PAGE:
You know the 2010 Dodge Caliber has a really easy to use radio.
Perhaps we better leave it at that.
Have you noticed how the very best cars all have something special that gets you (no compels you) to fall in love with them?
The MazdaSpeed 3, the VW GTI (which we recently compared HERE) and the Subaru WRX STI all make your adrenaline surge just getting behind the wheel.
Or perhaps the more pedestrian cars like the Buick LaCrosse and the Ford Taurus (which we recently compared HERE) impress with their style and refinement.
Well…the Dodge Caliber R/T has none of these qualities.
As hard as we tried we could not find one notable feature of the Caliber that would make it stand out and make it worthy of love (or is it lust) among the dozens of competing daily drivers.
It's the kind of vehicle that you pick up that the local rent-a-car business when your car is getting repaired after an slight fender bender accident.
It will easily meet all of your rental car expectation but you'll never say to yourself, "Self, you know I should consider getting one of these babies."
Instead, you'll return it to the friendly rent-a-car counter guy or gal and never think of it again.
Part of the reason for the Caliber's lack-luster first, second, third impression is the CVT transmission that just doesn't work with our test car's 2.4L engine.
Imagine taking an exceptionally fluffy pillow and placing it on the gas pedal. Now combine that with the sound of a Soviet era tractor at full boil and you have the sensation of what it is like to floor the Caliber.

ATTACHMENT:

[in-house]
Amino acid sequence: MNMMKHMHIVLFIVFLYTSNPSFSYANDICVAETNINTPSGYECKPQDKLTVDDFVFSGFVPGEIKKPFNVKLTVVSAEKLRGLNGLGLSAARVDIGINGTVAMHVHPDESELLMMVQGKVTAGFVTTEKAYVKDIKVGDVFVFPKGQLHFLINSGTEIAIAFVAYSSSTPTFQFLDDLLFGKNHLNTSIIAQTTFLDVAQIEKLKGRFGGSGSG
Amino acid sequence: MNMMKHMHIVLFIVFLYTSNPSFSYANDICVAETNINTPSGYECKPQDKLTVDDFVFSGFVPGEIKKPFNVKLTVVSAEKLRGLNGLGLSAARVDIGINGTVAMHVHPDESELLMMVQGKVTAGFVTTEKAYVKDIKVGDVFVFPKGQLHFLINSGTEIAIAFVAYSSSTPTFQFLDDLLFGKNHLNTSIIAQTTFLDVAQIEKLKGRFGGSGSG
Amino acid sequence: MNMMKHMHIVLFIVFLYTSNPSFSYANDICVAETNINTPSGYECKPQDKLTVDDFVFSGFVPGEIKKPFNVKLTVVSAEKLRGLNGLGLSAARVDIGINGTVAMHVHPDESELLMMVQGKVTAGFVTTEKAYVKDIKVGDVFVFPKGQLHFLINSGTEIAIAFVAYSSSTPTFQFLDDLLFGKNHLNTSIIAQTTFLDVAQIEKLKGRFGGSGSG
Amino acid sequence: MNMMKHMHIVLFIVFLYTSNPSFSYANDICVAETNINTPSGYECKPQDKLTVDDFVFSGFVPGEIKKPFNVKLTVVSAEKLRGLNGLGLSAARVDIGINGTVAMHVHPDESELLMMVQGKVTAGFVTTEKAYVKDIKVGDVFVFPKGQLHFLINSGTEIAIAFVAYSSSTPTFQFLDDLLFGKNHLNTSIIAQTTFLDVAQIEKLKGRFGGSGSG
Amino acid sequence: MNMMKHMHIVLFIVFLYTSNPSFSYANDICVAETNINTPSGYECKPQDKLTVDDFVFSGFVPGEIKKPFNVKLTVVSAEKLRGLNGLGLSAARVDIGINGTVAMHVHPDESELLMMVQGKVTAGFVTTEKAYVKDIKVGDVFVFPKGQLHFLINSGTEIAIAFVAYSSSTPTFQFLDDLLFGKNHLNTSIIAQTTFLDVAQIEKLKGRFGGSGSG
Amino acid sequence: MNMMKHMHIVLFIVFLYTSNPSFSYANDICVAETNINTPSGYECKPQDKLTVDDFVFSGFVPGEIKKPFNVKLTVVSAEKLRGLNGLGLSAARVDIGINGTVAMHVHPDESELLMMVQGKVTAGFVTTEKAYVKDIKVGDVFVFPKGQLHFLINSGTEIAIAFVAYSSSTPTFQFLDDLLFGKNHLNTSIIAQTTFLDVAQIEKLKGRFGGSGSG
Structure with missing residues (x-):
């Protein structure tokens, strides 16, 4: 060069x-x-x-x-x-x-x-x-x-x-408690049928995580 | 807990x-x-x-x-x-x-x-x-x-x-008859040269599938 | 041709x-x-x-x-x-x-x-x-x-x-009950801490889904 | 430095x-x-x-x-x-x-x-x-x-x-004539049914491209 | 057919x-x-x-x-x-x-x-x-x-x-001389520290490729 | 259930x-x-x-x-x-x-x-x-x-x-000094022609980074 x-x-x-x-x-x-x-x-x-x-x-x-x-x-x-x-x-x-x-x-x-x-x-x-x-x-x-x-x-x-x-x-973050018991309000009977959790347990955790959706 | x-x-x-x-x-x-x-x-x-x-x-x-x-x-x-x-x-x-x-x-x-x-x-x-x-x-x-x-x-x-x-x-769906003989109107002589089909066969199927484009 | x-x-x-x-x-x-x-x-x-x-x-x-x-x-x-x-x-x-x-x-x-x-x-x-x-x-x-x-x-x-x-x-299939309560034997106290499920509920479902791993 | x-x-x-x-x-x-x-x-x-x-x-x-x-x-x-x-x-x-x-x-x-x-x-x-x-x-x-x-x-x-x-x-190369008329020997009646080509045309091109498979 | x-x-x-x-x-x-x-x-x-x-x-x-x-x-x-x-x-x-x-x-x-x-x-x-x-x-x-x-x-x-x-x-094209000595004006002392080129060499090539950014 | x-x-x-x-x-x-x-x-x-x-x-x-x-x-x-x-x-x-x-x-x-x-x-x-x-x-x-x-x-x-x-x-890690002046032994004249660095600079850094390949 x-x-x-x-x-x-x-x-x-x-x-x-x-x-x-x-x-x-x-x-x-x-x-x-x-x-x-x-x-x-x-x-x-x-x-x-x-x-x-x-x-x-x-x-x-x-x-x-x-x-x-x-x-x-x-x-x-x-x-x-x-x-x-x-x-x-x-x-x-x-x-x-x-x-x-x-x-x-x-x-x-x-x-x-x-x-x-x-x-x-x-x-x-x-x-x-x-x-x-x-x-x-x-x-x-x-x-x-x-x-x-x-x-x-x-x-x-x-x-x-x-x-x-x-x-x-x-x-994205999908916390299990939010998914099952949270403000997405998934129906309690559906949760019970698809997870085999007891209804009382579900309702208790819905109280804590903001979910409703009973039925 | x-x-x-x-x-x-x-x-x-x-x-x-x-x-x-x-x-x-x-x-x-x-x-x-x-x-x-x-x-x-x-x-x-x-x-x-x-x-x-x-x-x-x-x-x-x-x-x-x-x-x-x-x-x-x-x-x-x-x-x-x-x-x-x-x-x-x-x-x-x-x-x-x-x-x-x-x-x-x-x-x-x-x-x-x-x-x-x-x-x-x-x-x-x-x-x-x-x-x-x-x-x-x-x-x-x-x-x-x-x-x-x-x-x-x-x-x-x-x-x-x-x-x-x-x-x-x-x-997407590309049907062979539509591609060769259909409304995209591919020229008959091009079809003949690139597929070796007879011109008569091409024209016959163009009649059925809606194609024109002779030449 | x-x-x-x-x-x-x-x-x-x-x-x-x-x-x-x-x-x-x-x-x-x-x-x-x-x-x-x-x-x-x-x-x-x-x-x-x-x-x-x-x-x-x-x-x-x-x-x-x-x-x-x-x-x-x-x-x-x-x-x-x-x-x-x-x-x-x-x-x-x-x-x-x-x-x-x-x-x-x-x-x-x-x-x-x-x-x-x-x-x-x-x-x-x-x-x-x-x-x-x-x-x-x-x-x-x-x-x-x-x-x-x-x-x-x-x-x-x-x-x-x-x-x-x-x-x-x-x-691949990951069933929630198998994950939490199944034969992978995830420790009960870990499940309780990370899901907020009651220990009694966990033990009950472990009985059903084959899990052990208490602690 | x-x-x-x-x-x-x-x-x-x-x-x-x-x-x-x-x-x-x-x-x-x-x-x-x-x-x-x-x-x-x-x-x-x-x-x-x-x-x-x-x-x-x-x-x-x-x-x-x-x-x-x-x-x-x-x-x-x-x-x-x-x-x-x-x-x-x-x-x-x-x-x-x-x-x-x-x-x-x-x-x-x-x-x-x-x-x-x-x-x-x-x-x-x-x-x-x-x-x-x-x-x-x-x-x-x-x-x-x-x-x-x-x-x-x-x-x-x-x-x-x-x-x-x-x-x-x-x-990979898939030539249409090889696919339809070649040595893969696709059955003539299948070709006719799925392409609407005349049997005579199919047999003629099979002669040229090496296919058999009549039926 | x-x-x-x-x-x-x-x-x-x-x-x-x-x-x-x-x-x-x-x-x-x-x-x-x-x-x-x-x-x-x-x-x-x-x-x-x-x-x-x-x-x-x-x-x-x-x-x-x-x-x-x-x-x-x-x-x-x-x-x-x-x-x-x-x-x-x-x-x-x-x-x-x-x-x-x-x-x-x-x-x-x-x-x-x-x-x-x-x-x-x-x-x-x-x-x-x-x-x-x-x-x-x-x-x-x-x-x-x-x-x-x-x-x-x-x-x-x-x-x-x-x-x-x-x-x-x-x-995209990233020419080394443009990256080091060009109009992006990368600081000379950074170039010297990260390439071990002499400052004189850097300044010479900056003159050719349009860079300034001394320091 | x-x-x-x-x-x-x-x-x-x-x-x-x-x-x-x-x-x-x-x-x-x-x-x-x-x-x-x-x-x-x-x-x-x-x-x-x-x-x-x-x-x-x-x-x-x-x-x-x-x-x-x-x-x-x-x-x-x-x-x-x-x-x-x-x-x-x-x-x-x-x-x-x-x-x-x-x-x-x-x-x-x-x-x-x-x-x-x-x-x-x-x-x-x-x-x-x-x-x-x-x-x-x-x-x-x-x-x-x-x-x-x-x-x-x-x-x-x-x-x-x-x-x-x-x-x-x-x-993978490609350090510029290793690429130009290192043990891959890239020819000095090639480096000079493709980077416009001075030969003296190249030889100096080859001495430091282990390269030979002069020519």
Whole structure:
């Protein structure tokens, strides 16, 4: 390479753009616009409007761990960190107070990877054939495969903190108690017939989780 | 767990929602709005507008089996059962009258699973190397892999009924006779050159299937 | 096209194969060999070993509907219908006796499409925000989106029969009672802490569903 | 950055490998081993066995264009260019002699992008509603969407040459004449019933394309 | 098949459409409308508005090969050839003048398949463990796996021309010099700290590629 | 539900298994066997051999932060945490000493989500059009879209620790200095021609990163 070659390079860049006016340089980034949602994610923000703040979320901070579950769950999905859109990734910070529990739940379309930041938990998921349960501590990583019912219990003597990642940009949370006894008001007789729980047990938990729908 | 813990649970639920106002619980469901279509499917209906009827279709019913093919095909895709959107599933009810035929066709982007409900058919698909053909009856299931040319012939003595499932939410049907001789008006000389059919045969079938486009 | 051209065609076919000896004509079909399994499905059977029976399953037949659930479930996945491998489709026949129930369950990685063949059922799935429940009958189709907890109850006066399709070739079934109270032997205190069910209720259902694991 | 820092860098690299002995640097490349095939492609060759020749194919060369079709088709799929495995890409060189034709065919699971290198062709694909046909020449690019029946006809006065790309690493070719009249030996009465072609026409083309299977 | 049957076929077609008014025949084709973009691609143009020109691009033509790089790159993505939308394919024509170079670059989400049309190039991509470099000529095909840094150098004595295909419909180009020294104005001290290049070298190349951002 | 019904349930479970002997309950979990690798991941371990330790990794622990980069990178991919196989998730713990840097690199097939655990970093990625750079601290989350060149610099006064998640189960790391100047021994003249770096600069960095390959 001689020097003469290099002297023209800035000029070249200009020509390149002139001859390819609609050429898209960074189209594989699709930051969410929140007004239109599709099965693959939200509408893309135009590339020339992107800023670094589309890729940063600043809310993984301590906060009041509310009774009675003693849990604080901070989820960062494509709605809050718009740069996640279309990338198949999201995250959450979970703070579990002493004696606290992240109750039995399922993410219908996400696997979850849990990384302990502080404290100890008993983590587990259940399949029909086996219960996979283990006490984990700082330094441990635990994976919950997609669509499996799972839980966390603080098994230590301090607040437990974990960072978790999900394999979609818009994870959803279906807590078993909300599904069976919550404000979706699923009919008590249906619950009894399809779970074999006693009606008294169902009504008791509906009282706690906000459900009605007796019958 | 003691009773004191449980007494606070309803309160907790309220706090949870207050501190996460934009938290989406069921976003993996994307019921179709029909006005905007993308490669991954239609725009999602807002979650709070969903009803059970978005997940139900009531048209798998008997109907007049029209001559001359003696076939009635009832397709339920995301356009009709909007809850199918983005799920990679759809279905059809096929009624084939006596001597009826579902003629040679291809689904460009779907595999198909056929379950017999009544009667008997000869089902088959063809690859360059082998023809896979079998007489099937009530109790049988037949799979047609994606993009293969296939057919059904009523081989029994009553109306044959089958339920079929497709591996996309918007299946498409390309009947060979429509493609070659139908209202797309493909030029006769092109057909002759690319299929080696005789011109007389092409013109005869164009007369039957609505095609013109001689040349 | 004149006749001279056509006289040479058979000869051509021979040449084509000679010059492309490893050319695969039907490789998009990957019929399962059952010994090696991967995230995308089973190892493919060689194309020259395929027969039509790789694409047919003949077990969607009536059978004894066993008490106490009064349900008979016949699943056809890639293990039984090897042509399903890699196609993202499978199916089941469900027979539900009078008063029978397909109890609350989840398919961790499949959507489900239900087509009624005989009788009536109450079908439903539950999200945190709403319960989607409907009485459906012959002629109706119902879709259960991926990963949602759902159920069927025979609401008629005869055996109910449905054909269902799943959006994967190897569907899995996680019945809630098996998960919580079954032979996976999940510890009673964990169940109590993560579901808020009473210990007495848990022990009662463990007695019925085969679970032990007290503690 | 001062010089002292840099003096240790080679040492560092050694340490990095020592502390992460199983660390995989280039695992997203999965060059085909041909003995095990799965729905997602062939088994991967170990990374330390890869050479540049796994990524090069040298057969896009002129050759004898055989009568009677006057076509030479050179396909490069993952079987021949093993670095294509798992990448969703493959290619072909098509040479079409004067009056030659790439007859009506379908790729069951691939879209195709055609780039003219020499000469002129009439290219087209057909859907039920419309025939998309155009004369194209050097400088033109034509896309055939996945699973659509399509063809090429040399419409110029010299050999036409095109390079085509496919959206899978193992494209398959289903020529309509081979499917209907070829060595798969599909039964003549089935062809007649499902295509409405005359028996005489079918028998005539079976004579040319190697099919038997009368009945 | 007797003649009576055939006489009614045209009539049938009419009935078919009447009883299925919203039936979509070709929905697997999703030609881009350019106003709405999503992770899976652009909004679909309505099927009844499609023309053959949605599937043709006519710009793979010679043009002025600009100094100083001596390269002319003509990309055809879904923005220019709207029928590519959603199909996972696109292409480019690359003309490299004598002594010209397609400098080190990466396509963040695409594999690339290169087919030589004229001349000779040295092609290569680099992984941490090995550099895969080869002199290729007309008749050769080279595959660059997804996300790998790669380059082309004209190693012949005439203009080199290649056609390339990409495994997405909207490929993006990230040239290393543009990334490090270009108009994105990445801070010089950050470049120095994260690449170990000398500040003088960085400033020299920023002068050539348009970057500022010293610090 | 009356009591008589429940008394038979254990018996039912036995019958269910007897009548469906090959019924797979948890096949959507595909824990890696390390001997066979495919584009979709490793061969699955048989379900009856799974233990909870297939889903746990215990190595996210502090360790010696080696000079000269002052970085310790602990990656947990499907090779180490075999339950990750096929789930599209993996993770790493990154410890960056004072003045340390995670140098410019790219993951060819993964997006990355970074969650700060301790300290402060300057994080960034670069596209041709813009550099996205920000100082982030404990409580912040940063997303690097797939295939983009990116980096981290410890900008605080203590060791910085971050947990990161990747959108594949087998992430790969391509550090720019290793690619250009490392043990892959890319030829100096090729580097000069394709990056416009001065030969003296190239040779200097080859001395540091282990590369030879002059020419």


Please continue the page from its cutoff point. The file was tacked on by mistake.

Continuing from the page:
You notice lots of noise as the engine churns at just below the 6000 rpm red line with little in the way of real acceleration, and heaven forbid any driving excitement.
The Caliber seems to have also retained that old-fashioned American car quirk of actually being smaller on the inside than the outside.
For a substantial car (at least in European terms) the space inside the Caliber is tight for any small family. With the optional sunroof your head might just hit the ceiling if you are over six foot tall.
Part of the issue is that the Caliber shares much of its basic architecture with the Jeep Patriot. Which (BTW) we recently compared to (and yes we're not kidding) an Audi Q5 HERE.
On the plus side, Dodge recently updated the Caliber and it shows. There are thoughtful touches that give the Caliber a much needed image makeover. For instance our testers leather black seats had expensive white stitching that made for stylish accents.
We also like the simplicity of ergonomic design to all of the secondary controls. In a world of increasingly high-tech cars it is refreshing to be able to just turn on the heater or change the airflow without consulting the owners manual.
The Caliber also rewards (in base trim) with a reasonable MSRP of $20,555. That's good value for a car that we suspect will serve faithfully as a daily driver.
FYI: We got a respectable as tested 23.9 mpg with our Caliber.
Bottom line: If you really want the easy to use radio in the Caliber, plus a lot of the important bits like the engine and chassis we say buy the Jeep Patriot. Bonus suggestion: Get the trail rated Patriot with all-wheel-drive for vehicle that's pretty much identical to the Caliber (including similar gas mileage numbers) but much more all weather and off-road capable.
Plus, a Jeep is supposed to be a little rough around the edges while the Caliber can't use that excuse.
– Buy it
– Lease it
– Rent it or
We give the Caliber a Rent It.
Look for our full review of the Dodge Caliber R/T soon.